Date of Award


Degree Type


Degree Name


Degree Program

Integrative Biology


Biological Sciences

Major Professor

Simon Lailvaux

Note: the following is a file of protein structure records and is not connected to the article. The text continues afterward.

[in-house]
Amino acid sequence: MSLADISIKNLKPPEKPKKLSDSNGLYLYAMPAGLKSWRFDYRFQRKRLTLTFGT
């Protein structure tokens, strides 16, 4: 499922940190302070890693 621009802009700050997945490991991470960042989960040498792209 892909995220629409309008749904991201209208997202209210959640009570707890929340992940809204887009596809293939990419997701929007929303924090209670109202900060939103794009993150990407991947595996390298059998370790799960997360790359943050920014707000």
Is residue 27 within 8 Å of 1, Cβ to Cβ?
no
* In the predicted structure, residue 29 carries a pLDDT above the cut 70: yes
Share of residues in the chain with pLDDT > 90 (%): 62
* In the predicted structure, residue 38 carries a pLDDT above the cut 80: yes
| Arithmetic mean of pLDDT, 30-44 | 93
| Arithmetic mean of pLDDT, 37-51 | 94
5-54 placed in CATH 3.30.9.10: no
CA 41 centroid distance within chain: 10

Animals dynamically invest their acquired energetic resources into fitness-related traits, and life-history trade-offs occur when limited resources are invested in a given trait at the expense of another. The phenotypic effects of life history trade-offs are well documented, but the mechanisms facilitating these trade-offs are poorly understood. One such mechanism is the insulin/insulin-like signaling (IIS) network, and specifically its two primary hormones: insulin-like growth factor 1 (IGF1) and insulin-like growth factor 2 (IGF2). IGF1 is well-characterized but IGF2 is severely understudied, though it is present in nearly all amniotes and sometimes expressed at higher levels than IGF1 in adulthood. I tested how different environmental pressures affect expression of these hormones in adult female green anoles (Anolis carolinensis). Because maternal effects, which are transgenerational effects whereby the mother’s environment influences offspring phenotype, can also promote life-history trade-offs, I also tested how these same environmental manipulations affect egg and offspring phenotypes. IGFs are affected by diet restriction and sprint training in females, albeit in different ways that are also dependent on mass and energetic history of the individual in question. IGF1 and IGF2 are therefore implicated in the response to variation in environment and the manner in which energetic environment is manipulated matters. Similarly, manipulating diet and locomotor investment also had distinct effects on both egg and offspring phenotypes, again in a manner that depended on the mass of the mother. These results implicate both the IIS and related pathways in life-history trade-offs involving the maternal and offspring phenotypes in green anoles.


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